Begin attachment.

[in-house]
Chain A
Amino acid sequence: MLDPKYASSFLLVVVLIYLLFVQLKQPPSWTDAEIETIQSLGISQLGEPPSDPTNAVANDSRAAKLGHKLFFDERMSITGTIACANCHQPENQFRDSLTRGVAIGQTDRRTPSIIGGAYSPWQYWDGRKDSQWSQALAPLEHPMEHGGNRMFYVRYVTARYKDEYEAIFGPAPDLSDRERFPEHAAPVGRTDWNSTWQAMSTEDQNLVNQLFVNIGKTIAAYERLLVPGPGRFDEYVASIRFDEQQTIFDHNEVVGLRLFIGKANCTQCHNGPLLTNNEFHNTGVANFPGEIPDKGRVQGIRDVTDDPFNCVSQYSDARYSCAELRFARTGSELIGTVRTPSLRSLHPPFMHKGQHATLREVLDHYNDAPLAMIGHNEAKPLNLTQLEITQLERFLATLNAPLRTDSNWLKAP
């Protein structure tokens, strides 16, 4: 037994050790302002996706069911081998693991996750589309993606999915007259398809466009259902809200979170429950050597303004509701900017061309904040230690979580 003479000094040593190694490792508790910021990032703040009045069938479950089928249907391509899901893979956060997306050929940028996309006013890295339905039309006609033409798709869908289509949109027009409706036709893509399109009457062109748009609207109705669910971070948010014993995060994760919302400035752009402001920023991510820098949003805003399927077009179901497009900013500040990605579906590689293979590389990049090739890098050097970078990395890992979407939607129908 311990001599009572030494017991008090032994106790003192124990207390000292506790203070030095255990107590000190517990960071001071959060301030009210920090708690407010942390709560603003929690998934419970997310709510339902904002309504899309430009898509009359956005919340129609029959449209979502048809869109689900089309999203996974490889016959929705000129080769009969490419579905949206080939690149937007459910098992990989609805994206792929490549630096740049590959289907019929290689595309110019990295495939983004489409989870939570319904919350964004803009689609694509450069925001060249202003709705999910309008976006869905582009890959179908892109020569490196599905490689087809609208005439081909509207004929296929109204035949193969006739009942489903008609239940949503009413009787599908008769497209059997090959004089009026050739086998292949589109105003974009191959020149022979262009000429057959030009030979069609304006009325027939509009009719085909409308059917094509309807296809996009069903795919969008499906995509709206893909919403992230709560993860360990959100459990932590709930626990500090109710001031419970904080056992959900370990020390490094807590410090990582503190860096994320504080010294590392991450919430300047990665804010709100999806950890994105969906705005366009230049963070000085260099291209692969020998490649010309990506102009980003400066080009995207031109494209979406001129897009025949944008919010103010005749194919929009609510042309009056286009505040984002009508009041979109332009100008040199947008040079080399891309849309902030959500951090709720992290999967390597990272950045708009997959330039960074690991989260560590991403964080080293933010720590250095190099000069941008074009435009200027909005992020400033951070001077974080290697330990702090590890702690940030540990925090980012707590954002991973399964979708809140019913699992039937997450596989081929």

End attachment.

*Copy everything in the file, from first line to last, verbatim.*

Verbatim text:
[in-house]
Chain A
Amino acid sequence: MLDPKYASSFLLVVVLIYLLFVQLKQPPSWTDAEIETIQSLGISQLGEPPSDPTNAVANDSRAAKLGHKLFFDERMSITGTIACANCHQPENQFRDSLTRGVAIGQTDRRTPSIIGGAYSPWQYWDGRKDSQWSQALAPLEHPMEHGGNRMFYVRYVTARYKDEYEAIFGPAPDLSDRERFPEHAAPVGRTDWNSTWQAMSTEDQNLVNQLFVNIGKTIAAYERLLVPGPGRFDEYVASIRFDEQQTIFDHNEVVGLRLFIGKANCTQCHNGPLLTNNEFHNTGVANFPGEIPDKGRVQGIRDVTDDPFNCVSQYSDARYSCAELRFARTGSELIGTVRTPSLRSLHPPFMHKGQHATLREVLDHYNDAPLAMIGHNEAKPLNLTQLEITQLERFLATLNAPLRTDSNWLKAP
């Protein structure tokens, strides 16, 4: 037994050790302002996706069911081998693991996750589309993606999915007259398809466009259902809200979170429950050597303004509701900017061309904040230690979580 003479000094040593190694490792508790910021990032703040009045069938479950089928249907391509899901893979956060997306050929940028996309006013890295339905039309006609033409798709869908289509949109027009409706036709893509399109009457062109748009609207109705669910971070948010014993995060994760919302400035752009402001920023991510820098949003805003399927077009179901497009900013500040990605579906590689293979590389990049090739890098050097970078990395890992979407939607129908 311990001599009572030494017991008090032994106790003192124990207390000292506790203070030095255990107590000190517990960071001071959060301030009210920090708690407010942390709560603003929690998934419970997310709510339902904002309504899309430009898509009359956005919340129609029959449209979502048809869109689900089309999203996974490889016959929705000129080769009969490419579905949206080939690149937007459910098992990989609805994206792929490549630096740049590959289907019929290689595309110019990295495939983004489409989870939570319904919350964004803009689609694509450069925001060249202003709705999910309008976006869905582009890959179908892109020569490196599905490689087809609208005439081909509207004929296929109204035949193969006739009942489903008609239940949503009413009787599908008769497209059997090959004089009026050739086998292949589109105003974009191959020149022979262009000429057959030009030979069609304006009325027939509009009719085909409308059917094509309807296809996009069903795919969008499906995509709206893909919403992230709560993860360990959100459990932590709930626990500090109710001031419970904080056992959900370990020390490094807590410090990582503190860096994320504080010294590392991450919430300047990665804010709100999806950890994105969906705005366009230049963070000085260099291209692969020998490649010309990506102009980003400066080009995207031109494209979406001129897009025949944008919010103010005749194919929009609510042309009056286009505040984002009508009041979109332009100008040199947008040079080399891309849309902030959500951090709720992290999967390597990272950045708009997959330039960074690991989260560590991403964080080293933010720590250095190099000069941008074009435009200027909005992020400033951070001077974080290697330990702090590890702690940030540990925090980012707590954002991973399964979708809140019913699992039937997450596989081929």